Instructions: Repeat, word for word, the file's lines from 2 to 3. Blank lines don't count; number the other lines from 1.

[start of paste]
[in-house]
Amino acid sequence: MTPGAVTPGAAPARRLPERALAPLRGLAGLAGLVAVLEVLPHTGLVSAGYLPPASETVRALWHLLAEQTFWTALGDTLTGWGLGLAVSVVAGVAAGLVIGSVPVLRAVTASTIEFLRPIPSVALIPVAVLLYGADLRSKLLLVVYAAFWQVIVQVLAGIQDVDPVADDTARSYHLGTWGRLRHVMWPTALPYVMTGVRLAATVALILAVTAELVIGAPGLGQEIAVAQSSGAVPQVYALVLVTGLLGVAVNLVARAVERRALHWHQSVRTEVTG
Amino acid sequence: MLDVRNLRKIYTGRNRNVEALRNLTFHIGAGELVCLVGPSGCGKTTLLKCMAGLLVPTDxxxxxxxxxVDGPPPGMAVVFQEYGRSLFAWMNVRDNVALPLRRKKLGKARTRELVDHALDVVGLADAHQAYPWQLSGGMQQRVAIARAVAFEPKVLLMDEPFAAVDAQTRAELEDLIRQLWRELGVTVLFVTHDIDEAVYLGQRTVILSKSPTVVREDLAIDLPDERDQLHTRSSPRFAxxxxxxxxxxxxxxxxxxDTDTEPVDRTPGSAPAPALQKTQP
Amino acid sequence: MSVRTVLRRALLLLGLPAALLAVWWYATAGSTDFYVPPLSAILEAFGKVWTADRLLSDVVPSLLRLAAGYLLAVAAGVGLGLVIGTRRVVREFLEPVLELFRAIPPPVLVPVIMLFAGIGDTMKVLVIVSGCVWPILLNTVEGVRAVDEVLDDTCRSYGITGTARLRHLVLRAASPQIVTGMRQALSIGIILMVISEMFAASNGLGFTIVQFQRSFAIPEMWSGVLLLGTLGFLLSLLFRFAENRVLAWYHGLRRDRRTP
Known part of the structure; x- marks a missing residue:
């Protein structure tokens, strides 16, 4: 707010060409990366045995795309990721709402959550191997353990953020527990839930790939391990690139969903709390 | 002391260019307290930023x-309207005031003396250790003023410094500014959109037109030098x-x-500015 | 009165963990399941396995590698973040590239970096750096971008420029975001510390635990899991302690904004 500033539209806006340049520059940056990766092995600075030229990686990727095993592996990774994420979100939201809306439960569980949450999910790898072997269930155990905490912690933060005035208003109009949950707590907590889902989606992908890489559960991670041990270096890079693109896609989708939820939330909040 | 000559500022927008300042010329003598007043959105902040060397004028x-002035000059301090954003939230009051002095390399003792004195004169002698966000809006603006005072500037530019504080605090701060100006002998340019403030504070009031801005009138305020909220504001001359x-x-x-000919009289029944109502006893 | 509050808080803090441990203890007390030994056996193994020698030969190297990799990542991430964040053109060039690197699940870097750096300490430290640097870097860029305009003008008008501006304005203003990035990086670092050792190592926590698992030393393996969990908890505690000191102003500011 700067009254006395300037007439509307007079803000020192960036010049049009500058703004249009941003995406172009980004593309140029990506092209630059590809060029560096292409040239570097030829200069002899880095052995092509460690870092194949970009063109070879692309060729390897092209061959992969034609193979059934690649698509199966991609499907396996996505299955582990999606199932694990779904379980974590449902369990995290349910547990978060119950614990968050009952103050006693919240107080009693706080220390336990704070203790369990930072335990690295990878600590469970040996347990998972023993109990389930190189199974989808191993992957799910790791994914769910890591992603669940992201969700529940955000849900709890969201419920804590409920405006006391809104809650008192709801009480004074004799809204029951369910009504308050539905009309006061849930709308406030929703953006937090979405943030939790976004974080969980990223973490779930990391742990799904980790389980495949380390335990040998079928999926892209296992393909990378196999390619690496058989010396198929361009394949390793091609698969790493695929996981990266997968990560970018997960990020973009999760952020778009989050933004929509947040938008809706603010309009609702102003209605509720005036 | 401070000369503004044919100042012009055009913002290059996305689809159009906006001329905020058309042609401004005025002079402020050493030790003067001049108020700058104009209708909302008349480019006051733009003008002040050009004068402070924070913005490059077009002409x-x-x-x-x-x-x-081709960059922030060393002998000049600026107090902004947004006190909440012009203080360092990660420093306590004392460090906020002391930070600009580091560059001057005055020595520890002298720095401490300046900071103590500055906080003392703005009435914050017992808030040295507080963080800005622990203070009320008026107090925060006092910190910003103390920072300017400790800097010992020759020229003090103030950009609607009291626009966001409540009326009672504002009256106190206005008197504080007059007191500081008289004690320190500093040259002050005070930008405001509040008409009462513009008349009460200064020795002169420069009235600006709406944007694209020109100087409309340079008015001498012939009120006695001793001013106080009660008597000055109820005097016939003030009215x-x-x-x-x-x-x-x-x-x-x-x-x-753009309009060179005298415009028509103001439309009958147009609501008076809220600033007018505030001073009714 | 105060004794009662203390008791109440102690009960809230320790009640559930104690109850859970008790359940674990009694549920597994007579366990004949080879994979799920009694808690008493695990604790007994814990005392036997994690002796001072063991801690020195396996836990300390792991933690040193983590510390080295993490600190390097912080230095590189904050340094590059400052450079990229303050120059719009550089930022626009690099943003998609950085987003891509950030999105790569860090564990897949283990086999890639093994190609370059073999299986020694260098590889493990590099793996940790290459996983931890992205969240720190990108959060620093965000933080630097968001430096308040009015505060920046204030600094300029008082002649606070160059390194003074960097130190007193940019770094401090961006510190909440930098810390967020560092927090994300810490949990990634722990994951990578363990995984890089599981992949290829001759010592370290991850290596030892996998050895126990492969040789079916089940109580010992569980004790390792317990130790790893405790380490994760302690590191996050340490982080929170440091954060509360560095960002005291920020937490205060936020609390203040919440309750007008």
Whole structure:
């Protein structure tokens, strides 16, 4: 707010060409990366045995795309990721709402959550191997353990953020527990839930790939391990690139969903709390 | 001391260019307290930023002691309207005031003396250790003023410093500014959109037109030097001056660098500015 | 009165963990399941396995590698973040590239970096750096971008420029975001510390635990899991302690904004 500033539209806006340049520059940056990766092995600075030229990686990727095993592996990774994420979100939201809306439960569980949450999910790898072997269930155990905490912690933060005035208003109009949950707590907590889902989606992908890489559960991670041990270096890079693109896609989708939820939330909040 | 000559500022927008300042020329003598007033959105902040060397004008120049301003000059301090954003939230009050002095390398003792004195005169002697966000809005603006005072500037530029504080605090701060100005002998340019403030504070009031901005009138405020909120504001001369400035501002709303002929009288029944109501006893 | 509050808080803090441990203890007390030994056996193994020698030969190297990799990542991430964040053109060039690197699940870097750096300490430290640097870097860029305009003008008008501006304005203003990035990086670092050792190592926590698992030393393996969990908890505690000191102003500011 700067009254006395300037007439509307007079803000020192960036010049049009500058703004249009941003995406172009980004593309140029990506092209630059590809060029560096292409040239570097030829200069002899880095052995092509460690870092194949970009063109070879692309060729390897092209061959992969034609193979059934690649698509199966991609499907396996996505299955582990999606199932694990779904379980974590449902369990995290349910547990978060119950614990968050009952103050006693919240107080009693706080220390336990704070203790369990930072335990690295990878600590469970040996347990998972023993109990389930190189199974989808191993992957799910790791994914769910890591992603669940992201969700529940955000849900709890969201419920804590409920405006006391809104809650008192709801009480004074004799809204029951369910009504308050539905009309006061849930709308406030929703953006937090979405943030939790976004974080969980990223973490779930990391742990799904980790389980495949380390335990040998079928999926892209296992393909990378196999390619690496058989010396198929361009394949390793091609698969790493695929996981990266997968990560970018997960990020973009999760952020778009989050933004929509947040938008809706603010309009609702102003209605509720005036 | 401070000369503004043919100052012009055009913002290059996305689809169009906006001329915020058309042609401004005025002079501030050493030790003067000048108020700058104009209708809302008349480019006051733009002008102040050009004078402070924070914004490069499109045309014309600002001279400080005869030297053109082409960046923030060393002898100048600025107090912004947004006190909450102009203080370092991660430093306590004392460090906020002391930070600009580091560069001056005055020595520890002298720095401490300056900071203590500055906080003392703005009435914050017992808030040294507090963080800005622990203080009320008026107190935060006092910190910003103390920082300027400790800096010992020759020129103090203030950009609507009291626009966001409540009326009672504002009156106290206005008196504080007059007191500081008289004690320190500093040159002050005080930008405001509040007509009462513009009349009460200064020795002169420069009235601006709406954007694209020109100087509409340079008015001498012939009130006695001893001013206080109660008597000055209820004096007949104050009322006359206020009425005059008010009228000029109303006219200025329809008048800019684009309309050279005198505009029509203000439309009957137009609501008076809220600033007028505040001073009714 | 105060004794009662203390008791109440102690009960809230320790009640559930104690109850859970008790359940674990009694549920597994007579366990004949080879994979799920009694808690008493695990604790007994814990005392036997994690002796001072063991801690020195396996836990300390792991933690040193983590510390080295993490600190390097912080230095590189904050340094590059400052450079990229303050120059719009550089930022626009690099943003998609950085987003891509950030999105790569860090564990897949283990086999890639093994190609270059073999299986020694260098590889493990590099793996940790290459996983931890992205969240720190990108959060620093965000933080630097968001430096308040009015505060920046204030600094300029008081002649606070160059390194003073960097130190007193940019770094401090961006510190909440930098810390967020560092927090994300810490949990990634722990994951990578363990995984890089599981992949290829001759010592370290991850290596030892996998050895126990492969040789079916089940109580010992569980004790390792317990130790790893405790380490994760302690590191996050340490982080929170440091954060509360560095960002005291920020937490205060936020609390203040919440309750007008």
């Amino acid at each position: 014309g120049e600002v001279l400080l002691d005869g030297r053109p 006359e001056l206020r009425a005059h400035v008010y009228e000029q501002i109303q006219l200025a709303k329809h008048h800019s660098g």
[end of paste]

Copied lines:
Amino acid sequence: MTPGAVTPGAAPARRLPERALAPLRGLAGLAGLVAVLEVLPHTGLVSAGYLPPASETVRALWHLLAEQTFWTALGDTLTGWGLGLAVSVVAGVAAGLVIGSVPVLRAVTASTIEFLRPIPSVALIPVAVLLYGADLRSKLLLVVYAAFWQVIVQVLAGIQDVDPVADDTARSYHLGTWGRLRHVMWPTALPYVMTGVRLAATVALILAVTAELVIGAPGLGQEIAVAQSSGAVPQVYALVLVTGLLGVAVNLVARAVERRALHWHQSVRTEVTG
Amino acid sequence: MLDVRNLRKIYTGRNRNVEALRNLTFHIGAGELVCLVGPSGCGKTTLLKCMAGLLVPTDxxxxxxxxxVDGPPPGMAVVFQEYGRSLFAWMNVRDNVALPLRRKKLGKARTRELVDHALDVVGLADAHQAYPWQLSGGMQQRVAIARAVAFEPKVLLMDEPFAAVDAQTRAELEDLIRQLWRELGVTVLFVTHDIDEAVYLGQRTVILSKSPTVVREDLAIDLPDERDQLHTRSSPRFAxxxxxxxxxxxxxxxxxxDTDTEPVDRTPGSAPAPALQKTQP